- Allow PPOs to cover preventive care below the deductible.
MSAs are a hot topic even in Korea, according to the Korea Herald. The newspaper reports that, in the face of a collapsing health care system with a $3 billion (US) deficit, the country’s political parties are searching for solutions.
The opposition Grand National Party has called for mandatory MSAs for all Koreans, along with DRGs and PPOs to control outlays. MSAs were initially proposed by the Health and Welfare Ministry, according to the newspaper’s source.
But critics warn MSAs would run counter to the idea of income-based premiums, currently an important part of the country’s health care system.
Source: The Korea Herald, March 22, 2001.
Market Advocates Make Their Case
The Health Subcommittee of the House Ways and Means Committee held a hearing on the uninsured. The committee heard testimony from Paul Fronstin, Jon Gabal, Lynn Etheredge, Mark Pauly, and Steve Larson.
Ranking member Pete Stark (D-California) made an opening statement that laid out the view of the far left on tax credits. Stark said he much preferred to expand government programs, but could go along with a tax credit provided four criteria are met:
- The tax credit must be refundable.
- It must be worth at least 75 percent of the cost of coverage.
- It must be paid to the insurer, not to the consumer.
- And it must include "significant regulation of the health insurance marketplace.”
Stark also said he didn't want to spend "billions of dollars on tax breaks for those who already have insurance."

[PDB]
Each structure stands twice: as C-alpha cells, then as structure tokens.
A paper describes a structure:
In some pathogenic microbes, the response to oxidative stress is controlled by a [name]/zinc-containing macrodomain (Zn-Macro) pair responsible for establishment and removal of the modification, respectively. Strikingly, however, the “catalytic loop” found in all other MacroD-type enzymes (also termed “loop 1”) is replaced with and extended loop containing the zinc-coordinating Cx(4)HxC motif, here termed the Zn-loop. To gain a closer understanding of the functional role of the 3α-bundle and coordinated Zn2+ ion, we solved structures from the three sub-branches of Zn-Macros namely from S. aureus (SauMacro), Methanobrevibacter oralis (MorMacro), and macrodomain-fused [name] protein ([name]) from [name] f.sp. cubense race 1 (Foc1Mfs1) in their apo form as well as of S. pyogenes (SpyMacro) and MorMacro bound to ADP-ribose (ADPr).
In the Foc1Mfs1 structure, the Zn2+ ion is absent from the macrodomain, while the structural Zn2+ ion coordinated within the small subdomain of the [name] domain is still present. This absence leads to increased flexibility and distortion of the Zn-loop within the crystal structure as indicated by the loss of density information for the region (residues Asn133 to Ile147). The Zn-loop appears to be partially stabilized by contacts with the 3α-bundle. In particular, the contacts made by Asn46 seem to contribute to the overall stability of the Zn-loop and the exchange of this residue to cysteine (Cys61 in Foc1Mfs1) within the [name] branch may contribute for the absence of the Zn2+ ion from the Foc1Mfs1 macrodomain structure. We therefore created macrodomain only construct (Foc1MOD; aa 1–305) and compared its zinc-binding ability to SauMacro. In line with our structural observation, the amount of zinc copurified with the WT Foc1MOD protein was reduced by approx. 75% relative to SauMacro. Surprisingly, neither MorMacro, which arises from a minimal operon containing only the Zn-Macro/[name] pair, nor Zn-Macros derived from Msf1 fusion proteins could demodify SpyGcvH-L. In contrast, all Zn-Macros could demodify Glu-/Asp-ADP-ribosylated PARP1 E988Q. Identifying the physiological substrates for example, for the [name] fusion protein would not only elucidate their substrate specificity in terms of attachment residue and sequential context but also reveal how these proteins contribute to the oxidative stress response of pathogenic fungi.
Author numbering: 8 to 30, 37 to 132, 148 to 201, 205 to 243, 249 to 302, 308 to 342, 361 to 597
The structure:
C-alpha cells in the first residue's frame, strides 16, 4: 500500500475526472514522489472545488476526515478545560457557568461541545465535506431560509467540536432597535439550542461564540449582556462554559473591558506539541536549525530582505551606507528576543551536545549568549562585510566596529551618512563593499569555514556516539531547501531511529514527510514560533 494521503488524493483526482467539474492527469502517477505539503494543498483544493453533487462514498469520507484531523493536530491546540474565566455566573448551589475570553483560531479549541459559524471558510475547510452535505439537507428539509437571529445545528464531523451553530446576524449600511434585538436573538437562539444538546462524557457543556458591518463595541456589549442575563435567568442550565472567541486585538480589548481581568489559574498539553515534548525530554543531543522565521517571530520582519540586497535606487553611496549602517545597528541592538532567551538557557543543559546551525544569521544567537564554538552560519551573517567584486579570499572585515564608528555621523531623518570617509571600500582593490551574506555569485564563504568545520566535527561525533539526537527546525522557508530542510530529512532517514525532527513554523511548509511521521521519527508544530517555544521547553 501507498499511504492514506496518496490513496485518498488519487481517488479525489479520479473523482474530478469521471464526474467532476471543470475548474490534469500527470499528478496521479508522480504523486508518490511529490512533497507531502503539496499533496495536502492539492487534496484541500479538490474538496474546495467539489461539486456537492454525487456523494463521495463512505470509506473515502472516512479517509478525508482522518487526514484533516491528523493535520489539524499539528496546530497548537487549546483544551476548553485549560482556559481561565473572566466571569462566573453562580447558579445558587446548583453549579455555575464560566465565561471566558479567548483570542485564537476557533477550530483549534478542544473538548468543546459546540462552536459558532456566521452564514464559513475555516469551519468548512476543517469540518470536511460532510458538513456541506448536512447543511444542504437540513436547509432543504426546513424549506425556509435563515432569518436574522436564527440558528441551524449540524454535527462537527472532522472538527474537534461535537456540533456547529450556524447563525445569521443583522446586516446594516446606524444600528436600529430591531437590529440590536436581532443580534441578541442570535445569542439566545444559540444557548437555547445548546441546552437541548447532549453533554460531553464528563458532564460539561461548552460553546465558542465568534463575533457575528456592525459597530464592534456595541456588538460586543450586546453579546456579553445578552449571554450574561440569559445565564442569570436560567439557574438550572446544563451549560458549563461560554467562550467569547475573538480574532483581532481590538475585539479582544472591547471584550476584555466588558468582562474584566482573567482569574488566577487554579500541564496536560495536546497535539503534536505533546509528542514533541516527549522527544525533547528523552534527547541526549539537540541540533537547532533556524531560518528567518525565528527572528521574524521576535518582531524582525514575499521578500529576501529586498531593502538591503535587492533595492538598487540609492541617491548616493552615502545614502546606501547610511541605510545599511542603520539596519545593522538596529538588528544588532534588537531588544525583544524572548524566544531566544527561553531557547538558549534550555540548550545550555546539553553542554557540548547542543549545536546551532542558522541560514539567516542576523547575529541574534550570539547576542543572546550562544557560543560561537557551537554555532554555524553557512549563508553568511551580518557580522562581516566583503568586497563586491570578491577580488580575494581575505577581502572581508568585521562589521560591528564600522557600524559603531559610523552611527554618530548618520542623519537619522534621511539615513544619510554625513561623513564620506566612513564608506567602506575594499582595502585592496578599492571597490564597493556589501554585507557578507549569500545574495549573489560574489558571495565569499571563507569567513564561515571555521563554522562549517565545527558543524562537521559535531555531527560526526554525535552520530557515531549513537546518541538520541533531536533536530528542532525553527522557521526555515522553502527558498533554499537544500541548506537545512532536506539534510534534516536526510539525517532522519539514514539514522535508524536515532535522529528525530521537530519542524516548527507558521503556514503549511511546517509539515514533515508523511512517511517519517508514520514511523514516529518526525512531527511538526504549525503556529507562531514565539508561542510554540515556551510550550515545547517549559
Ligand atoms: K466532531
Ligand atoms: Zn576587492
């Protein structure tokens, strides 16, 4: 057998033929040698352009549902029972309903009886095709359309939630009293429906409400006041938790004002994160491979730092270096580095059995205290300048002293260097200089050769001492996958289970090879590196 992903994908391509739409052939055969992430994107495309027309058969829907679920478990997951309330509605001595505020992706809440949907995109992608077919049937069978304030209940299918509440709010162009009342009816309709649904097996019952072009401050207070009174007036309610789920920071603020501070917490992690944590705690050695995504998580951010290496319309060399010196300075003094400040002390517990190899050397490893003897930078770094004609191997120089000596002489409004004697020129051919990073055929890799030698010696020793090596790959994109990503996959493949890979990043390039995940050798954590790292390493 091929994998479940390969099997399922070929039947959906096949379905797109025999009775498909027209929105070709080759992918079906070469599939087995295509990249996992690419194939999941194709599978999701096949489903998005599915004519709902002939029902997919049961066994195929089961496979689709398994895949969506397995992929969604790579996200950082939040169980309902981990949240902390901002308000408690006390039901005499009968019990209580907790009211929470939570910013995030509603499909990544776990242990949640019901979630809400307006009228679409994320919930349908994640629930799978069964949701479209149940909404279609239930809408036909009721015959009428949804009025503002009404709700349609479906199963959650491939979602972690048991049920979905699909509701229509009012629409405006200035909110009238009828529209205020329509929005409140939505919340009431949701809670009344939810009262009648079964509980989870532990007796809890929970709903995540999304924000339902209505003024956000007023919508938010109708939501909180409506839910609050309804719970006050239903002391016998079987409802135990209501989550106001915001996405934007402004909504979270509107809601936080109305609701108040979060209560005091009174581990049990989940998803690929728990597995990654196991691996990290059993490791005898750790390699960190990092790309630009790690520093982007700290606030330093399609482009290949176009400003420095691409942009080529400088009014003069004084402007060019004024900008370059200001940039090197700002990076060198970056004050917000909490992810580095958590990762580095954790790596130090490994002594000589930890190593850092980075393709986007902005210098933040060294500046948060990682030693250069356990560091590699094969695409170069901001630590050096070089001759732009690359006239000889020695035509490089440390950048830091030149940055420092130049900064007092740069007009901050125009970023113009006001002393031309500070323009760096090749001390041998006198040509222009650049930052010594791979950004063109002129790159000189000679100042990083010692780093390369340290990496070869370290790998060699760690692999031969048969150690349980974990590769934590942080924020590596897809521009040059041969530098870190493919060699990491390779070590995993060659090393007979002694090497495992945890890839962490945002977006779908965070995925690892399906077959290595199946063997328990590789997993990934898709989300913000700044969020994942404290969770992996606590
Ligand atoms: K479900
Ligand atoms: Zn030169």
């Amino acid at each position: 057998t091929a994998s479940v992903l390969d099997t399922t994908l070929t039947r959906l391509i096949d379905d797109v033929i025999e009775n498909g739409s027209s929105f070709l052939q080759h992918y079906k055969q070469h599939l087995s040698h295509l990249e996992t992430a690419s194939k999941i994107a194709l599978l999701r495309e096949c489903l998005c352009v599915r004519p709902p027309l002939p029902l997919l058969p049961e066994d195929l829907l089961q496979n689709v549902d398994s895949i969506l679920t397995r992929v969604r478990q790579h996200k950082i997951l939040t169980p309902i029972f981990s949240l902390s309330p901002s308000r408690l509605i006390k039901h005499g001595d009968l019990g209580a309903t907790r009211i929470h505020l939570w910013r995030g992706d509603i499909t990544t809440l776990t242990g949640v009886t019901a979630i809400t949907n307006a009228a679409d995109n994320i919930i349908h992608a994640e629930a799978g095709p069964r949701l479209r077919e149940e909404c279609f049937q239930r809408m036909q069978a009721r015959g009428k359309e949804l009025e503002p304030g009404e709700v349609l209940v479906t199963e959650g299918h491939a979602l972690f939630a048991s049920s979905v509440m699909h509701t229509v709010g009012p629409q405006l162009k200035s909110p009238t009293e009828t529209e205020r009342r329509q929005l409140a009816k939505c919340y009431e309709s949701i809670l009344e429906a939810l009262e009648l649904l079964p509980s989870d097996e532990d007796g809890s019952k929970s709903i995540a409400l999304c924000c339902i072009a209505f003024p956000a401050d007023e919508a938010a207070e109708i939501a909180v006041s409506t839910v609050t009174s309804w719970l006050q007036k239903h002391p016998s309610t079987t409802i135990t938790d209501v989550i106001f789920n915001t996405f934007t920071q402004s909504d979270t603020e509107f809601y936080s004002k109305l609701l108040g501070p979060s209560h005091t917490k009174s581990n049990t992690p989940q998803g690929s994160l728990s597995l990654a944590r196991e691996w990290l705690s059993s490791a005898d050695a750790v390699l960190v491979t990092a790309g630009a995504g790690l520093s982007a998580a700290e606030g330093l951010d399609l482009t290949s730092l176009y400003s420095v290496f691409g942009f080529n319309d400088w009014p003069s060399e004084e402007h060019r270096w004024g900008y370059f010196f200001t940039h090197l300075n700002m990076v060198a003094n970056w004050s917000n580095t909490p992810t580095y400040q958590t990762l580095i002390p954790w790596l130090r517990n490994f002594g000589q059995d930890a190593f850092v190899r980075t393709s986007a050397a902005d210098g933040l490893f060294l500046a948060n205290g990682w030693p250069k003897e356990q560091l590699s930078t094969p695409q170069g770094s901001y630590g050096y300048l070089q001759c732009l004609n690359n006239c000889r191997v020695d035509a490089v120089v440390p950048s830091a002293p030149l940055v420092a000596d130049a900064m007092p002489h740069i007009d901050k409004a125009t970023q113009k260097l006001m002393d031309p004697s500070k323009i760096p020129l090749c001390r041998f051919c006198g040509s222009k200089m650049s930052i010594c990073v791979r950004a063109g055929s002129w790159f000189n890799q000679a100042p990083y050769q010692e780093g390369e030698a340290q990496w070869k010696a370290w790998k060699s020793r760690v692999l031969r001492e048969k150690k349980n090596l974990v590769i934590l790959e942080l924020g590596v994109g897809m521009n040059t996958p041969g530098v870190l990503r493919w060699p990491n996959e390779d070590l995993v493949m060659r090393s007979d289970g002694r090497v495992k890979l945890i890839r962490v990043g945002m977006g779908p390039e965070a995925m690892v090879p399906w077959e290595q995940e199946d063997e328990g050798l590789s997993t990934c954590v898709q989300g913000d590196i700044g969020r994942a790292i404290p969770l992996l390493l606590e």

Boiled down, Stark wants, and has always wanted, "Medicare for all." Frankly, he would burden any tax credit proposal so that it couldn't possibly work.
In other, more productive, presentations at the hearing:
Gabel and Fronstin both presented base-line information about the uninsured. Etheredge presented an idea for "flexible benefits tax credits." He made the important, but often neglected, point that most of the nation’s uninsured are without coverage for a short period of time, so he would have the credit available for other cafeteria-plan type purposes.
Pauly laid out a number of design features for tax credit plans. He emphasized we cannot know exactly how the market will respond, so legislators should avoid trying to anticipate and prevent every possible thing that might go wrong.
Larson, Maryland's Insurance Commissioner, thinks insurance companies are bad, more regulations are good, and association health plans are dangerous. His remarks didn’t shed much light on how to help the uninsured.
Source: All the testimony is available at: http://waysandmeans.house.gov/health/107cong/hl-4wit.html
Remember the VEBA?
Keep an eye on VEBAs.
Often overlooked in discussions about consumer-driven health care is the idea of "Voluntary Employee Benefit Associations" (Internal Revenue Code Section 501(c)(9) plans). Particularly attractive for public employees, VEBAs enable the use of MSAs and defined contribution under current law.
The Austin American-Statesman reports one such program is being considered in Texas for its 522,000 school employees under a proposal offered by State Rep. Paul Sadler (D-Henderson). Although the article doesn't cite VEBAs as the vehicle, it is pretty clear from the description that’s what’s being proposed.
Source: "Health Plan for Teachers Would Divide Funds 3 Ways,” Austin American-Statesman, April 3, 2001. http://www.austin360.com/statesman/editions/tuesday/news_9.html
Greg Scandlen is senior fellow in health policy at the National Center for Policy Analysis in Dallas, Texas. To sign up for his free weekly e-newsletter send an email to HealthPolicyWeekfirstname.lastname@example.org. Scandlen can be contacted at GMScandlen@aol.com.